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McCarthy-era gay purge, seen through prism of a love story, ignites opera ‘Fellow Travelers’

Submitted by on Mar 22, 2018 – 1:23 pm

Review: “Fellow Travelers,” by Gregory Spears and Greg Pierce, presented by Lyric Unlimited at the Athenaeum Theatre. ★★★★
By Nancy Malitz

The chamber opera “Fellow Travelers” is heading into the final weekend of a very short run at the off-Loop Athenaeum Theatre in the Lakeview neighborhood. Although the production is still quite new – put together by the same rising talents, led by director Kevin Newbury, who delivered Lyric Opera of Chicago’s new “Faust” to the downtown mainstage — Chicago has the distinct advantage of being not first, but third, among cities to see it.

No new production is ever quite ready when it first launches from its platform of chaos. This particular opera, presented under the Lyric Unlimited banner and seen earlier in Cincinnati and New York, has been polished to an impressive state while giving us a fresh new talent, tenor Jonas Hacker, in the lead role of a young man experiencing his loss of innocence during the 1950s “lavender scare.”

The lesser-known “lavender” element of McCarthy’s notorious anti-communist activities involved a homosexual purge throughout the State Department, officially justified by the argument that such individuals were at risk of being blackmailed by communist infiltrators. The so-called “lavender lads,” as Illinois Senator Everett Dirksen dubbed them at the time, were vulnerable targets in McCarthy’s smear campaign; a mere allegation could be career-ending.

In 1953, President Eisenhower signed an executive order that barred homosexuals from employment in the federal government. Thousands of individuals were allowed to resign quietly; others retreated deep into the closet. The order was not rescinded until 1995.

Knowing all this, one might assume that “Fellow Travelers” leans in the direction of a sociopolitical agenda piece, propaganda on behalf of a cause. Yet the opera, based on a 2007 novel by Thomas Mallon, aspires to art, and it succeeds spectacularly well in both musical and theatrical terms. (A recording is already available.)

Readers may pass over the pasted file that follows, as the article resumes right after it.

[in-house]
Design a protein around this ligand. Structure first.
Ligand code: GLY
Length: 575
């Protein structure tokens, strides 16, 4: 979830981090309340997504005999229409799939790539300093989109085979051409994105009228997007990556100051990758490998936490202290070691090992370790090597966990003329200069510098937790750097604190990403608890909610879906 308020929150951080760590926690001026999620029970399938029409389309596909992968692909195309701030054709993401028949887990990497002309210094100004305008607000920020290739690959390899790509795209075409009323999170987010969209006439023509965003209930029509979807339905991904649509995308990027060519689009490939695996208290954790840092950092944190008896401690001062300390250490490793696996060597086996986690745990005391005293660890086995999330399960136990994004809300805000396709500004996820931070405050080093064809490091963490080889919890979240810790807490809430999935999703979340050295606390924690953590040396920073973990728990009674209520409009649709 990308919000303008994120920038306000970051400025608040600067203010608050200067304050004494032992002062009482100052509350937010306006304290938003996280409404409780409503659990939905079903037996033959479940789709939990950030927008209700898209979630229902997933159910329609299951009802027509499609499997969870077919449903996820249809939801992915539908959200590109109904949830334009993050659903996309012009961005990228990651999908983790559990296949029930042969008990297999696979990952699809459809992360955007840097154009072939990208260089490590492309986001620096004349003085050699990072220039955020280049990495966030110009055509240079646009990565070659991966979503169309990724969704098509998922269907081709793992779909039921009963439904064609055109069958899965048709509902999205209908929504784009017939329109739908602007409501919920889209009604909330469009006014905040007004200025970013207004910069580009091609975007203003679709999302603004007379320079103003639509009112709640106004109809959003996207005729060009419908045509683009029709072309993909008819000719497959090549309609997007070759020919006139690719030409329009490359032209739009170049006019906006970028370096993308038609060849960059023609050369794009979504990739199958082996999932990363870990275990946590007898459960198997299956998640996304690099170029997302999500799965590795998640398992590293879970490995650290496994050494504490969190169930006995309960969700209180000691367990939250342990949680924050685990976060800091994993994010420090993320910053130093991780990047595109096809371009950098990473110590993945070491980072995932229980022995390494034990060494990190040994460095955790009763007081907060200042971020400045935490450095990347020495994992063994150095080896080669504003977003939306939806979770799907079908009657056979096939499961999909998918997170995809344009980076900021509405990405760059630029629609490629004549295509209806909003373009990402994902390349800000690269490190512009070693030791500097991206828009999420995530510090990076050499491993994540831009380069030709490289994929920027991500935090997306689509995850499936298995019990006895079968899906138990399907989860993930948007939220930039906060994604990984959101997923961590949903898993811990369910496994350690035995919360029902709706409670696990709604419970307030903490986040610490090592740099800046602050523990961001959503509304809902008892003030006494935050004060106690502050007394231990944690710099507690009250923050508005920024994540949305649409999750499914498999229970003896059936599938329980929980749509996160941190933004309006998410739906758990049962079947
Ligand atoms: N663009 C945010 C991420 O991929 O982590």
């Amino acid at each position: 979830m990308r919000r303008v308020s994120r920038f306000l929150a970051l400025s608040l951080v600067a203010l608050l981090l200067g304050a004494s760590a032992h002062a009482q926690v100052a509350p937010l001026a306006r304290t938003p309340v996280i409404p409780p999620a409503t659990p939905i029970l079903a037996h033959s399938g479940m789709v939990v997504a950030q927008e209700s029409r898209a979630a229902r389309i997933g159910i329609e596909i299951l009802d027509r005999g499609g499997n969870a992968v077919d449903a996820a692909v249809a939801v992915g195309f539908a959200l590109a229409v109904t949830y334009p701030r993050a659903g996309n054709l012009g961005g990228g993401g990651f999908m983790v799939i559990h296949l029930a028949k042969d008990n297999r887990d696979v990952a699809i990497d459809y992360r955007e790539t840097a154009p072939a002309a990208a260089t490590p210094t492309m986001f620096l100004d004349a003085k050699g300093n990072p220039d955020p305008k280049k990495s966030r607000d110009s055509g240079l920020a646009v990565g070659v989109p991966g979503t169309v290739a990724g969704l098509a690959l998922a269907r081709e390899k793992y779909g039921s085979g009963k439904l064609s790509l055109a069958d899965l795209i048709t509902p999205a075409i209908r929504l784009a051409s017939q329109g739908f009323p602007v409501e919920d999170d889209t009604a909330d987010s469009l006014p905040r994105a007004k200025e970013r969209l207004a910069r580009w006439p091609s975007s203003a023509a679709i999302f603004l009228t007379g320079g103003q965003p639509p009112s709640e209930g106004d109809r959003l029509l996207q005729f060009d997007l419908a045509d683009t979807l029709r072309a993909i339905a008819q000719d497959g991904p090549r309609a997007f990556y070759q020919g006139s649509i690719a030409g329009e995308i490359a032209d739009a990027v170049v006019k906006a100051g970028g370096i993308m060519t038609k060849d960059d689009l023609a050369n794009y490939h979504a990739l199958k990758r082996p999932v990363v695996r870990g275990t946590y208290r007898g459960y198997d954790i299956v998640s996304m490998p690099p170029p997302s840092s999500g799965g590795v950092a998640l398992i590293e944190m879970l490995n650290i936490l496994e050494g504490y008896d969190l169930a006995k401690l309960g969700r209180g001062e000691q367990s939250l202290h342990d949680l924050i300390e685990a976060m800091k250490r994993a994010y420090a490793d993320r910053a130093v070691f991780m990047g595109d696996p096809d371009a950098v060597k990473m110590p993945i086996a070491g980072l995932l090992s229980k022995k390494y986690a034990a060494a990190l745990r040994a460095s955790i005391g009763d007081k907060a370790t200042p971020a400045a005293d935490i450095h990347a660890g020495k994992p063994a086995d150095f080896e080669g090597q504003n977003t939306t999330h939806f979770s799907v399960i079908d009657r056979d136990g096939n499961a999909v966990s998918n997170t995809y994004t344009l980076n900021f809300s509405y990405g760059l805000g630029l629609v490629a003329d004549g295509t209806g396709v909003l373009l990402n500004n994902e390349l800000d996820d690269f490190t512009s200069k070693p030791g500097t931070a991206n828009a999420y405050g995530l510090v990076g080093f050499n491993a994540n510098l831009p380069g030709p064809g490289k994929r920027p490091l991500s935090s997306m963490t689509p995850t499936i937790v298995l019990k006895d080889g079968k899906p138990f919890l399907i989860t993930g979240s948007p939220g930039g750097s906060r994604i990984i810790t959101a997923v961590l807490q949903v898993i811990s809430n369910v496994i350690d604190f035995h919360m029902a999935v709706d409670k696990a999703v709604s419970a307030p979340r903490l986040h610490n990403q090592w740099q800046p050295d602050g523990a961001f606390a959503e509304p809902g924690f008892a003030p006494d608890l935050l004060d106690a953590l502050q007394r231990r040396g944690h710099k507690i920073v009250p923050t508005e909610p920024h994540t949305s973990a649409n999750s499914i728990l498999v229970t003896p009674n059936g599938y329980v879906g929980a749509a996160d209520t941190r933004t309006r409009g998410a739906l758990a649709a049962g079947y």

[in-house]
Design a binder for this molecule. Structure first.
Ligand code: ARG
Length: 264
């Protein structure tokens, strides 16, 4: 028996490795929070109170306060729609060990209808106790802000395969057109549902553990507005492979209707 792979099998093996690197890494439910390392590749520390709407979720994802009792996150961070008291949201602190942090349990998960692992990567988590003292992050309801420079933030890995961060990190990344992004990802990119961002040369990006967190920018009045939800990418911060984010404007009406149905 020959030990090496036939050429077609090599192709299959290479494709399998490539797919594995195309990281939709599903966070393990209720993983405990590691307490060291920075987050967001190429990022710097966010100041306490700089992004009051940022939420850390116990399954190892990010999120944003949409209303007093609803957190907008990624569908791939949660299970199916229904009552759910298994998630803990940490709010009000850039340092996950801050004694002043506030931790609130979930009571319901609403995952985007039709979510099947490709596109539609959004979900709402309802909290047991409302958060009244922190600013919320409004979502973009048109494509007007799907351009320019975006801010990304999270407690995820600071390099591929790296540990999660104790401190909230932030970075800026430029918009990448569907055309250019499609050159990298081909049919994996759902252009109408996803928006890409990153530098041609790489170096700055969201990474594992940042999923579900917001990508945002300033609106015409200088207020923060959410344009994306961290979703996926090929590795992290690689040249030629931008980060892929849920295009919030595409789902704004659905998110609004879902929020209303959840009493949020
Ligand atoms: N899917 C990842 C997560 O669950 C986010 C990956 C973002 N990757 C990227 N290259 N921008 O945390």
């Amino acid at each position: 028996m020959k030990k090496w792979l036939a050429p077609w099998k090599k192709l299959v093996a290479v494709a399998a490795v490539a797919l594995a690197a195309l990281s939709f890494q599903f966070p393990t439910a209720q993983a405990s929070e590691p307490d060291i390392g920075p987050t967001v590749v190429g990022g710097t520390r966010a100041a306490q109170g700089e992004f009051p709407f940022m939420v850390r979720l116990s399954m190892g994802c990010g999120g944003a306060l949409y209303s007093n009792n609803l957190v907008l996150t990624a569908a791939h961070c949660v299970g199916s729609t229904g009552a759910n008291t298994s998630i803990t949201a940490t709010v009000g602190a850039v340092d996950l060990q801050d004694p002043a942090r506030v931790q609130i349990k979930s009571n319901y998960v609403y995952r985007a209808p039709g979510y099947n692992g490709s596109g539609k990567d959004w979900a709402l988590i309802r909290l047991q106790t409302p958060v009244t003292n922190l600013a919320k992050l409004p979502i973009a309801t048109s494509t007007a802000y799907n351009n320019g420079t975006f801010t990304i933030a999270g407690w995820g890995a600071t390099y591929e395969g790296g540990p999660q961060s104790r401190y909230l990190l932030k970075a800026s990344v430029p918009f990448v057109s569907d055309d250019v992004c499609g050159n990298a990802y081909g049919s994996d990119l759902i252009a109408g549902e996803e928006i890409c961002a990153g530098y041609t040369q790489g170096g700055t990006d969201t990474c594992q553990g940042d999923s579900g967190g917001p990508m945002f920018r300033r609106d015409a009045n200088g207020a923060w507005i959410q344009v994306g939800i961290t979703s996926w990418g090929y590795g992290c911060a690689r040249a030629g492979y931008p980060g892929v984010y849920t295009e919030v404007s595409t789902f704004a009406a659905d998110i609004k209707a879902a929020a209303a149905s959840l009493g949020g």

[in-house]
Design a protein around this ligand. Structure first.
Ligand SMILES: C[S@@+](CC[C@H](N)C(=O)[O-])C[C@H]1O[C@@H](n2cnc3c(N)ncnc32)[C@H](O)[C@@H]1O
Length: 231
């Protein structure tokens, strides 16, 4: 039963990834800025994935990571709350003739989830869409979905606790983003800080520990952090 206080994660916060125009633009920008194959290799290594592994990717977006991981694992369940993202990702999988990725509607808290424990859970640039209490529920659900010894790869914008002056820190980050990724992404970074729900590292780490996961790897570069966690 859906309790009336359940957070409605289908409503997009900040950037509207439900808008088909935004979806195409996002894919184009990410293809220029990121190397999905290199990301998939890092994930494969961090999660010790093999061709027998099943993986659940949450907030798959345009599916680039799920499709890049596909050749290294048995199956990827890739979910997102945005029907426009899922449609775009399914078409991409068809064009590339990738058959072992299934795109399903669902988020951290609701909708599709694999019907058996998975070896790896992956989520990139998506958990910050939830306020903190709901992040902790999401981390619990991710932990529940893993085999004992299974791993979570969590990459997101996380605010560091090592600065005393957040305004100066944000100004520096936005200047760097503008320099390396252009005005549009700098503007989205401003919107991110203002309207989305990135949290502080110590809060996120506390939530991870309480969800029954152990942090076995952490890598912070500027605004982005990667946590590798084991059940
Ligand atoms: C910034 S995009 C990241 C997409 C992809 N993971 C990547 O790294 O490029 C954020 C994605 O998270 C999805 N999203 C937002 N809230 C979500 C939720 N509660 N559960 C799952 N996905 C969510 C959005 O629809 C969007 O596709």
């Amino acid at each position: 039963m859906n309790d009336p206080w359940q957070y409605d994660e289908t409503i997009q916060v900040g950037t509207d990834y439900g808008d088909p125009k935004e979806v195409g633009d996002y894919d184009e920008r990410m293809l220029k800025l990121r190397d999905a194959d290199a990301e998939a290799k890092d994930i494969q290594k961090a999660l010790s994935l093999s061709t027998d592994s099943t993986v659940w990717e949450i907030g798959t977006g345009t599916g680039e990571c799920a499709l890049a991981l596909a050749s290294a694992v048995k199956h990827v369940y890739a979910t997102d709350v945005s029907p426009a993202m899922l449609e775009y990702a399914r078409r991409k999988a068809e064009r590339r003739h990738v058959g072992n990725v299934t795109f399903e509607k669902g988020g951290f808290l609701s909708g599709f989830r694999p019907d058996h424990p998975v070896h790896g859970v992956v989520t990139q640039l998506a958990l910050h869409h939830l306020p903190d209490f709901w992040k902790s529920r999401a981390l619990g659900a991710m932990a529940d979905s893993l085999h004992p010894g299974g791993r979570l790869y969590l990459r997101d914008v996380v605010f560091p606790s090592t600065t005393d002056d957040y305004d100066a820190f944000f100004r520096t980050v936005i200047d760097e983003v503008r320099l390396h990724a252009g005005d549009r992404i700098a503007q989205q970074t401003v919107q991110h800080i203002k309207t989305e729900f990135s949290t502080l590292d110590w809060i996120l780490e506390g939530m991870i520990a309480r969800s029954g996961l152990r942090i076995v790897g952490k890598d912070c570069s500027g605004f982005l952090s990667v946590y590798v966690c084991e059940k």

Composer Gregory Spears and librettist Greg Pierce are persuasive in style: Spears is an exquisite colorist capable of lurking in the emotional cracks, and he has a melodic gift for phrases that can take flight, as if escaping gravity; Pierce’s disarmingly natural conversational exchanges cut straight to the heart. I was drawn in immediately by the show’s pulsing energy and dramatic efficiency.

“Fellow Travelers” begins with a scene that couldn’t be clearer. Dapper careerist Hawkins Fuller eyes young Timothy on a park bench, then makes the charming play of a confident, practiced serial romancer. Baritone Joseph Lattanzi, who has been with this opera from the start, was completely convincing as “Hawk,” the successful government worker with a macho straight persona and a well-oiled double life. By the end of the first act, Timothy is singing his bursting-with-love aria, “I died last night.”

In his role debut as Timothy, the lyric tenor Hacker lent this remarkable scene a tour-de-force of remembered ecstasy. The almost religious conviction that his Timothy expresses about the invincibility of his newfound love will, of course, prove misguided.

Although “Fellow Travelers” is specific with regard to the particulars of Fifties current events, its themes are universal — about one’s own irrefutable personal imperative, and the magnificence of love in bloom, but also about the soul-bruising compromises that befall at certain times of life, the sadness of betrayal, the unforeseen sources of compassion that can arrive almost divine-like, and the exquisite pain of moving on.

The role of Mary Johnson, Hawk’s quietly protective secretary and Timothy’s empathic supporter, is taken by Devon Guthrie, a soprano of remarkable warmth and flexibility, with a flair for lending the composer’s aptly nervous coloratura a sense of shimmering concern.

Not that she’d ever let on, but you get the feeling that Guthrie’s Mary, through the dint of experience, has gained no slight wisdom in the art of letting people down. I’ll forgo details of the twists and turns that follow; they should be allowed to come as a surprise.

Spears’ opera is orchestrated beautifully, with a sizable chamber ensemble of 16 players, including flute, oboe, clarinet and trombone along with strings. Like the three singing leads, conductor Daniela Candillari made her Lyric Opera debut in an authoritative performance; she’s clearly at ease managing singers and instrumentalists simultaneously.

But Newbury’s entire production shared that ring of authority, with no apparent corners cut in the supporting cast of six additional singers, who juggled 13 roles including Senator McCarthy (baritone Marcus DeLoach), other senators, interrogators, gossips and functionaries. Vita Tzykun’s set pieces rolled on and off with a slick, quick-change appeal worthy of Broadway. Paul Carey’s costumes, Thomas C. Hase’s lighting and Sarah Hatten’s wigs were subtly evocative in a work of elusive shifts and shadows. The production continues through March 25.

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